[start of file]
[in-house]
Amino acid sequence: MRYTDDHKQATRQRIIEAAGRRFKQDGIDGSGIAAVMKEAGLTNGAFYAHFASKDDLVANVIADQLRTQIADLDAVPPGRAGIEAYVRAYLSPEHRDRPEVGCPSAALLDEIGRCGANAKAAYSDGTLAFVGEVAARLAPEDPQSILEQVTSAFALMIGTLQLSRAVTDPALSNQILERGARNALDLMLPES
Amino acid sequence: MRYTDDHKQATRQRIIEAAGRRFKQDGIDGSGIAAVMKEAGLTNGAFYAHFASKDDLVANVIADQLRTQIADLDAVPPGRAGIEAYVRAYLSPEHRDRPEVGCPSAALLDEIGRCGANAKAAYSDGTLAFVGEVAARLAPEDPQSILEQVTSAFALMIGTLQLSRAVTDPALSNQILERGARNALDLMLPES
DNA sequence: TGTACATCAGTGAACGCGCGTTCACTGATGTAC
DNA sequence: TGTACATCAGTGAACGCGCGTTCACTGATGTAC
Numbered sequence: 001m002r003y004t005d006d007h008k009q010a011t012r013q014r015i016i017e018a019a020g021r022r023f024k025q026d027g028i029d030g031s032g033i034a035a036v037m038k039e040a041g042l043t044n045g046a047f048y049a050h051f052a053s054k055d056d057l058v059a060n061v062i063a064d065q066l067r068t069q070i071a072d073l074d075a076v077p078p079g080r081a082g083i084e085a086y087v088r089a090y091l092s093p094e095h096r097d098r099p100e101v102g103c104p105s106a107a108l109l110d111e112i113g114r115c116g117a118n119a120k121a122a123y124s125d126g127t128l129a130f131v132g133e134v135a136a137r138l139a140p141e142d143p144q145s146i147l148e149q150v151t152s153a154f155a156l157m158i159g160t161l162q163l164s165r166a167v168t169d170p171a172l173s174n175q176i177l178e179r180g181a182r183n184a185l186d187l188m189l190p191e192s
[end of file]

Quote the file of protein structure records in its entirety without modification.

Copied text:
[in-house]
Amino acid sequence: MRYTDDHKQATRQRIIEAAGRRFKQDGIDGSGIAAVMKEAGLTNGAFYAHFASKDDLVANVIADQLRTQIADLDAVPPGRAGIEAYVRAYLSPEHRDRPEVGCPSAALLDEIGRCGANAKAAYSDGTLAFVGEVAARLAPEDPQSILEQVTSAFALMIGTLQLSRAVTDPALSNQILERGARNALDLMLPES
Amino acid sequence: MRYTDDHKQATRQRIIEAAGRRFKQDGIDGSGIAAVMKEAGLTNGAFYAHFASKDDLVANVIADQLRTQIADLDAVPPGRAGIEAYVRAYLSPEHRDRPEVGCPSAALLDEIGRCGANAKAAYSDGTLAFVGEVAARLAPEDPQSILEQVTSAFALMIGTLQLSRAVTDPALSNQILERGARNALDLMLPES
DNA sequence: TGTACATCAGTGAACGCGCGTTCACTGATGTAC
DNA sequence: TGTACATCAGTGAACGCGCGTTCACTGATGTAC
Numbered sequence: 001m002r003y004t005d006d007h008k009q010a011t012r013q014r015i016i017e018a019a020g021r022r023f024k025q026d027g028i029d030g031s032g033i034a035a036v037m038k039e040a041g042l043t044n045g046a047f048y049a050h051f052a053s054k055d056d057l058v059a060n061v062i063a064d065q066l067r068t069q070i071a072d073l074d075a076v077p078p079g080r081a082g083i084e085a086y087v088r089a090y091l092s093p094e095h096r097d098r099p100e101v102g103c104p105s106a107a108l109l110d111e112i113g114r115c116g117a118n119a120k121a122a123y124s125d126g127t128l129a130f131v132g133e134v135a136a137r138l139a140p141e142d143p144q145s146i147l148e149q150v151t152s153a154f155a156l157m158i159g160t161l162q163l164s165r166a167v168t169d170p171a172l173s174n175q176i177l178e179r180g181a182r183n184a185l186d187l188m189l190p191e192s